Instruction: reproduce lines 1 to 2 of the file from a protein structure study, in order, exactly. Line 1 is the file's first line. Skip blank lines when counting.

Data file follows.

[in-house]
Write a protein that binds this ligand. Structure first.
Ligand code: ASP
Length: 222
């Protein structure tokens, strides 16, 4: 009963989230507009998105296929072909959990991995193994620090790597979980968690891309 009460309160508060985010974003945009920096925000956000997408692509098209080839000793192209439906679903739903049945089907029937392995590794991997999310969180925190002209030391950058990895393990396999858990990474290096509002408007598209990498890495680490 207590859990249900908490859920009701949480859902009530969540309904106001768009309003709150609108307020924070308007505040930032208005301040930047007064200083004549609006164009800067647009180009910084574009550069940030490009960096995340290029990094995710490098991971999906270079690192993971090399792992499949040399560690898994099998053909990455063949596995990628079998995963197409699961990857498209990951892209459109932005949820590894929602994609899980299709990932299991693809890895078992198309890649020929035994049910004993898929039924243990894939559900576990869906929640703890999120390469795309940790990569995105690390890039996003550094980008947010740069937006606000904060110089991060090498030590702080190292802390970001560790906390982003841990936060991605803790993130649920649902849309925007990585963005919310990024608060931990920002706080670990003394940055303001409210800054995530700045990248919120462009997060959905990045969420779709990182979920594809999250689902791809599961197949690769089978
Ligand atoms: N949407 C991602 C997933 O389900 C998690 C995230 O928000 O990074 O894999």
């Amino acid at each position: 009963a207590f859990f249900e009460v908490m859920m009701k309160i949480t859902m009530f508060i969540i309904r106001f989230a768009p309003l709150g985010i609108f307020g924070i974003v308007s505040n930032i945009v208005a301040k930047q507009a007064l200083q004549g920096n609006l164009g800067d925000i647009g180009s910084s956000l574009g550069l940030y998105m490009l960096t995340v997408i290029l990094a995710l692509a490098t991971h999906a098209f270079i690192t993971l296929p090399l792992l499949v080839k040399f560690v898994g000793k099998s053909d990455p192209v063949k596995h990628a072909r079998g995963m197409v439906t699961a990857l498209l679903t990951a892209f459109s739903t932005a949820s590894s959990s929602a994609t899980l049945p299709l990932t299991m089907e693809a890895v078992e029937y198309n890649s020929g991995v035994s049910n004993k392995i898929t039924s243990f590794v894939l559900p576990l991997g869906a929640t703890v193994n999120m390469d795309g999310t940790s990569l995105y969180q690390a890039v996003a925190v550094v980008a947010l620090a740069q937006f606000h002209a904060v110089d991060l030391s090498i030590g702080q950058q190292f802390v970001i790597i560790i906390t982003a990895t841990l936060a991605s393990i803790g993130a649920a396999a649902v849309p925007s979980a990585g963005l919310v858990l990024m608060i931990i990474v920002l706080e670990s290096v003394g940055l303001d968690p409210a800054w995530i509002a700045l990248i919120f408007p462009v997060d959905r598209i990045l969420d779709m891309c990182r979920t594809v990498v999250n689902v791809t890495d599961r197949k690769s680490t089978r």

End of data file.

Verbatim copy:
[in-house]
Write a protein that binds this ligand. Structure first.